How to Lubricate a Door Lock
If your door lock is suffering from issues such as a squeaky or sticking handle, you'll need to disassemble and lubricate the entire assembly.
Fret not, this is actually pretty easy, and you typically don't need to do this often—unless you live in a very dusty place or a coastal region where the salty humid air corrodes things much faster.
If you would like to avoid taking the lock apart, you can also try squirting lubricant down the latch hole while it is still on the door.
See Also: Parts of a Doorknob and How They Work
Step 1: Remove the doorknob assembly.
Start by removing the doorknob and lock assembly from the door.
For most locks, this can be done by removing the two screws on the door's inside faceplate (rose). Once the screws are removed, pull both handles off the door.
Next, remove the two screws on the edge of the door holding in the latch assembly and remove that as well.
Step 2: Clean and lubricate the latch assembly.
To lubricate the latch assembly, spray the entire component, including the latch hole.
After lubricating, insert a screwdriver or key into the spindle hole and rotate it to engage the latching mechanism and spread the lubrication.
Lay the latch assembly down on a newspaper or paper towel until they dry. Once dry, test the component to see if it is functioning better. If not, apply more lubricant and repeat this step.
Step 3: Clean and lubricate the spindle.
To lubricate the spindle, spray lubricant on the spring mechanism on the backside of the handle.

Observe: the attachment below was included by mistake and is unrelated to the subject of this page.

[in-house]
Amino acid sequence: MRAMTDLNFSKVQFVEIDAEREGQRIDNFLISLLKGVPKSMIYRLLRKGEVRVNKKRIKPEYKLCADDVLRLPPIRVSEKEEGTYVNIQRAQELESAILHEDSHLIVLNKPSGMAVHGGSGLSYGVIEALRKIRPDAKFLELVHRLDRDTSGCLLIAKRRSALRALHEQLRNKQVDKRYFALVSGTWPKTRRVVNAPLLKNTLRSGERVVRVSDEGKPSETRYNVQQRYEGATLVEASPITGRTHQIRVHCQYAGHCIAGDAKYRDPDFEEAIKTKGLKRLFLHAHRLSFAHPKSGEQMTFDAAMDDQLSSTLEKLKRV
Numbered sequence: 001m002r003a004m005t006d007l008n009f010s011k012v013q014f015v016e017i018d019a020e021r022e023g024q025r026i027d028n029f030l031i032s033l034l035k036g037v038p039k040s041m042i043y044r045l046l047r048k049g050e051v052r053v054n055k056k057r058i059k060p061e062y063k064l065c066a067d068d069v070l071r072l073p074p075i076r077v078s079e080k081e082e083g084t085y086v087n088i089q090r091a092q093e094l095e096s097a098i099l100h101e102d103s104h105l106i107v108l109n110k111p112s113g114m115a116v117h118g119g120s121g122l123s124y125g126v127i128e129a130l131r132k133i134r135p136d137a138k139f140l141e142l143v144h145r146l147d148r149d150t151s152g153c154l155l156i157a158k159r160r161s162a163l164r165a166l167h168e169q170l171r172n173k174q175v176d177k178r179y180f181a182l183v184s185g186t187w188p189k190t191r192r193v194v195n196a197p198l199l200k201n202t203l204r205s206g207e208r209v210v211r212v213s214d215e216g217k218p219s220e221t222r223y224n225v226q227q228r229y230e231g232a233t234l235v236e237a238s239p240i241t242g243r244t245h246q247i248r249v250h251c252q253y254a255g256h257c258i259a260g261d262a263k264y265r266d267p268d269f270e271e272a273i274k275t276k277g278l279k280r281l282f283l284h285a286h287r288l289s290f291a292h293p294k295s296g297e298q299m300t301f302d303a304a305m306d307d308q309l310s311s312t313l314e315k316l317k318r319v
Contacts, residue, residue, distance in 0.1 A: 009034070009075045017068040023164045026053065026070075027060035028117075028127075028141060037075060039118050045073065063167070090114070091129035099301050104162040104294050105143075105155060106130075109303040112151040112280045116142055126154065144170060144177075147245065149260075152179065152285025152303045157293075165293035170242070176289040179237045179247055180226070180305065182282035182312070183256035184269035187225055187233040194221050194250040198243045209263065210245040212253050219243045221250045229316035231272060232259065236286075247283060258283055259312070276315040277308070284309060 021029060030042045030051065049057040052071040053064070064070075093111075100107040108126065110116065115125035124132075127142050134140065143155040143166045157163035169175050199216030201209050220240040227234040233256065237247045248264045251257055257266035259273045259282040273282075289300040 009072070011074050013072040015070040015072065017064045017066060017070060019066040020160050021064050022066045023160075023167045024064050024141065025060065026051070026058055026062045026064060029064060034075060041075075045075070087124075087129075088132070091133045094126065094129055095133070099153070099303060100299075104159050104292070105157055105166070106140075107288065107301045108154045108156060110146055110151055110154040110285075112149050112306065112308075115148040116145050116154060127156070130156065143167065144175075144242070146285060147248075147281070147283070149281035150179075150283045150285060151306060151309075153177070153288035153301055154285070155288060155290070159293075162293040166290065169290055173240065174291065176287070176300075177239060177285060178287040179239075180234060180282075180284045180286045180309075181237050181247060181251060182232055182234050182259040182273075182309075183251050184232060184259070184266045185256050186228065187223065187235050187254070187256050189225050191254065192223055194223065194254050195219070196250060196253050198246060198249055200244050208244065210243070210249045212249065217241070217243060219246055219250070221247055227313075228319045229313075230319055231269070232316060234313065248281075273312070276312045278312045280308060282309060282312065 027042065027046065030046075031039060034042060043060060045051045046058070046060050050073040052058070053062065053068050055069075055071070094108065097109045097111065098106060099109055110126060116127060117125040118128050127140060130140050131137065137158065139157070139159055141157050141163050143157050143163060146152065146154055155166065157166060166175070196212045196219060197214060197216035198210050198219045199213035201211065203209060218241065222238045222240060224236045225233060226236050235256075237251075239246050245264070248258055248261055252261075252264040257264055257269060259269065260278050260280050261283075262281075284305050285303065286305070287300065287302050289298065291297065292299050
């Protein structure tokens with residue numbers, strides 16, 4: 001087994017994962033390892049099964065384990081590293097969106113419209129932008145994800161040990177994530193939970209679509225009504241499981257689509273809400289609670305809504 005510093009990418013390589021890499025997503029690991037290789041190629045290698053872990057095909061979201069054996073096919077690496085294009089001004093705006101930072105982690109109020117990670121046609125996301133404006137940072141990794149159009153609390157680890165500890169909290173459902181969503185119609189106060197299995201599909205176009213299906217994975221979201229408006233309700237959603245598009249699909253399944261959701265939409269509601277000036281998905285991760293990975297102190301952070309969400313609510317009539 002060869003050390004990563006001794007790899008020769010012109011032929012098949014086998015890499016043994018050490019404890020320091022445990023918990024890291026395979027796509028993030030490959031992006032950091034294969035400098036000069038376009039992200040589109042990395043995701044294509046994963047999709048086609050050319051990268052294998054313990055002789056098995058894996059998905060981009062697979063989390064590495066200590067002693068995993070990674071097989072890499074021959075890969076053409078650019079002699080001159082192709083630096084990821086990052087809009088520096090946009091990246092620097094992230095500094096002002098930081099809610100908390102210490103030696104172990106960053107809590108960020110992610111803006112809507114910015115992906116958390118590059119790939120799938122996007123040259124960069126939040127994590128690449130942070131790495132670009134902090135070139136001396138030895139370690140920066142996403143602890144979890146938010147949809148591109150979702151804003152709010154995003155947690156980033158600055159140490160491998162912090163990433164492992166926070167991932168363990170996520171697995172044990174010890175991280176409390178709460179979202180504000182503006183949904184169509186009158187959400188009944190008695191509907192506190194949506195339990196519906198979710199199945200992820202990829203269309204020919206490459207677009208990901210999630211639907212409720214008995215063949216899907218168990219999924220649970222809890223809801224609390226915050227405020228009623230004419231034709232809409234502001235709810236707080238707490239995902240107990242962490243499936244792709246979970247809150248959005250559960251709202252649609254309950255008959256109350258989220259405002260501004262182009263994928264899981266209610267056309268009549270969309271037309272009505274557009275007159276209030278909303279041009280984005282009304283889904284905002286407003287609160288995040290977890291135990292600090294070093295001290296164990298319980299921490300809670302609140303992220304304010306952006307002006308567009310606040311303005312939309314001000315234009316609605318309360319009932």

After lubricating, twist the knob back and forth 10-20 times to work the lube into the mechanism.
Lay the component down on a newspaper or paper towel until they dry. Once dry, test the component to see if it is functioning better. If not, apply more lubricant and repeat this step.
Step 4: Reinstall the doorknob assembly.
Once the doorknob components are cleaned, lubricated, and have dried, it is time to put everything back together. Reinstall the doorknob assembly in the opposite order which you took it apart.
Also, consider giving your hinges a little lube while you're at it.
That's it! Your doorknob is clean, lubricated, and ready for action!
How to Lubricate a Padlock
Padlocks typically take a beating, primarily when used outdoors in dusty or corrosive environments.
Lubrication can help fix a padlock that is suffering from the following:
- The key jumps and stutters while inserting and removing it from the lock or feels sticky while turning.
- The shackle moves roughly or sticks.
- The lock isn't working, meaning components could be stuck.
Step 1: Clean the keyway and shackle.
If you are using any oil-based lubrication, you'll want to start by removing as much dust, dirt, and other garbage that might have made its way into the keyway or shackle holes. This is easily accomplished using compressed can air.
However, if you are using dry lubrication, such as Houdini Lock Lube, you can skip this step as it will clean the padlock without sticking to these particles.
Step 2: Lubricate the keyway.
To lubricate the keyway, spray a moderate amount of lube into the keyhole. Insert and remove the key 10-20 times, followed by turning the key in both directions ten times.
If the key still jumps or is rough to turn, add additional lubricant and repeat.
Step 3: Lubricate the shackle.
To lubricate the shackle, spray a moderate amount of lube into both shackle holes.
Lock and unlock the shackle while applying additional lubricant until the shackle operates smoothly.
If you've ever been so unlucky to break a key off into your lock, you'll fully understand the importance of regularly lubricating your locks.
Ideally, you want to lubricate your locks every six months to 2 years—more so if you live in coastal regions where the salty and humid air corrodes components much quicker.
I hope this short guide gave you the help you were seeking and if you would like to learn more about lock picking, home security, or locksmithing, be sure to check out my Academy for more free guides.